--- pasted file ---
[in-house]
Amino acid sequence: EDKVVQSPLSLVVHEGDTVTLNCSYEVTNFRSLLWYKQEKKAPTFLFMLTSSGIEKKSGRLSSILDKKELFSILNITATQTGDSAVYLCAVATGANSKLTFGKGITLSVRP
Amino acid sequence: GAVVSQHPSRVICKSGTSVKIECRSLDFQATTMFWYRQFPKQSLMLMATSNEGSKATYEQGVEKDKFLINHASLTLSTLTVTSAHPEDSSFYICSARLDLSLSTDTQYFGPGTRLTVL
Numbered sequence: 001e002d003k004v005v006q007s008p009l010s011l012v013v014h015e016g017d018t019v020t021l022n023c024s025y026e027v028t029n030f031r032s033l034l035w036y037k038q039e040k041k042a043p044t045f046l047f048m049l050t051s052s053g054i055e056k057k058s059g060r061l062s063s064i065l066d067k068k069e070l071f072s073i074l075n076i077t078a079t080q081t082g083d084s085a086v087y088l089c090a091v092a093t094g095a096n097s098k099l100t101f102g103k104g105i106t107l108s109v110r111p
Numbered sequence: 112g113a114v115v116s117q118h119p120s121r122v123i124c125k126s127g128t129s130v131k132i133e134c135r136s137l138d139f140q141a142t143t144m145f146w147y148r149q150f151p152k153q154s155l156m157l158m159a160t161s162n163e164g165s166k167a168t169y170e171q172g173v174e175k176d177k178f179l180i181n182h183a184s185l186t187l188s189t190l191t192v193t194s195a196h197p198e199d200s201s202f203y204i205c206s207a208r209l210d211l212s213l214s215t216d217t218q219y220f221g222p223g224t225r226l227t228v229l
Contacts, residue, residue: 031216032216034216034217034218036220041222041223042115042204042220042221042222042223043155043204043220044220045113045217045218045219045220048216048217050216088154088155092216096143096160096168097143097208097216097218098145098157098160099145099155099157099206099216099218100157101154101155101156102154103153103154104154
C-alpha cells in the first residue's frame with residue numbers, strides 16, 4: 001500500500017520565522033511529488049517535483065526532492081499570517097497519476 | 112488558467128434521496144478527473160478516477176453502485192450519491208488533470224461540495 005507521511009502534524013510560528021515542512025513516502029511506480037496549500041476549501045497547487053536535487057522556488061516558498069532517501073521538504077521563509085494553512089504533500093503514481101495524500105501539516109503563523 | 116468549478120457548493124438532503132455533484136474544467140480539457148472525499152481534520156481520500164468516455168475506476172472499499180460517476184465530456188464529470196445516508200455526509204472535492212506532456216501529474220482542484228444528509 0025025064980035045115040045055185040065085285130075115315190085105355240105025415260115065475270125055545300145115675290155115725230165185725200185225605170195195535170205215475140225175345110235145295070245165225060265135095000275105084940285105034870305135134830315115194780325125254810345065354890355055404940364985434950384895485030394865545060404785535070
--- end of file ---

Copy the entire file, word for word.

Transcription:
[in-house]
Amino acid sequence: EDKVVQSPLSLVVHEGDTVTLNCSYEVTNFRSLLWYKQEKKAPTFLFMLTSSGIEKKSGRLSSILDKKELFSILNITATQTGDSAVYLCAVATGANSKLTFGKGITLSVRP
Amino acid sequence: GAVVSQHPSRVICKSGTSVKIECRSLDFQATTMFWYRQFPKQSLMLMATSNEGSKATYEQGVEKDKFLINHASLTLSTLTVTSAHPEDSSFYICSARLDLSLSTDTQYFGPGTRLTVL
Numbered sequence: 001e002d003k004v005v006q007s008p009l010s011l012v013v014h015e016g017d018t019v020t021l022n023c024s025y026e027v028t029n030f031r032s033l034l035w036y037k038q039e040k041k042a043p044t045f046l047f048m049l050t051s052s053g054i055e056k057k058s059g060r061l062s063s064i065l066d067k068k069e070l071f072s073i074l075n076i077t078a079t080q081t082g083d084s085a086v087y088l089c090a091v092a093t094g095a096n097s098k099l100t101f102g103k104g105i106t107l108s109v110r111p
Numbered sequence: 112g113a114v115v116s117q118h119p120s121r122v123i124c125k126s127g128t129s130v131k132i133e134c135r136s137l138d139f140q141a142t143t144m145f146w147y148r149q150f151p152k153q154s155l156m157l158m159a160t161s162n163e164g165s166k167a168t169y170e171q172g173v174e175k176d177k178f179l180i181n182h183a184s185l186t187l188s189t190l191t192v193t194s195a196h197p198e199d200s201s202f203y204i205c206s207a208r209l210d211l212s213l214s215t216d217t218q219y220f221g222p223g224t225r226l227t228v229l
Contacts, residue, residue: 031216032216034216034217034218036220041222041223042115042204042220042221042222042223043155043204043220044220045113045217045218045219045220048216048217050216088154088155092216096143096160096168097143097208097216097218098145098157098160099145099155099157099206099216099218100157101154101155101156102154103153103154104154
C-alpha cells in the first residue's frame with residue numbers, strides 16, 4: 001500500500017520565522033511529488049517535483065526532492081499570517097497519476 | 112488558467128434521496144478527473160478516477176453502485192450519491208488533470224461540495 005507521511009502534524013510560528021515542512025513516502029511506480037496549500041476549501045497547487053536535487057522556488061516558498069532517501073521538504077521563509085494553512089504533500093503514481101495524500105501539516109503563523 | 116468549478120457548493124438532503132455533484136474544467140480539457148472525499152481534520156481520500164468516455168475506476172472499499180460517476184465530456188464529470196445516508200455526509204472535492212506532456216501529474220482542484228444528509 0025025064980035045115040045055185040065085285130075115315190085105355240105025415260115065475270125055545300145115675290155115725230165185725200185225605170195195535170205215475140225175345110235145295070245165225060265135095000275105084940285105034870305135134830315115194780325125254810345065354890355055404940364985434950384895485030394865545060404785535070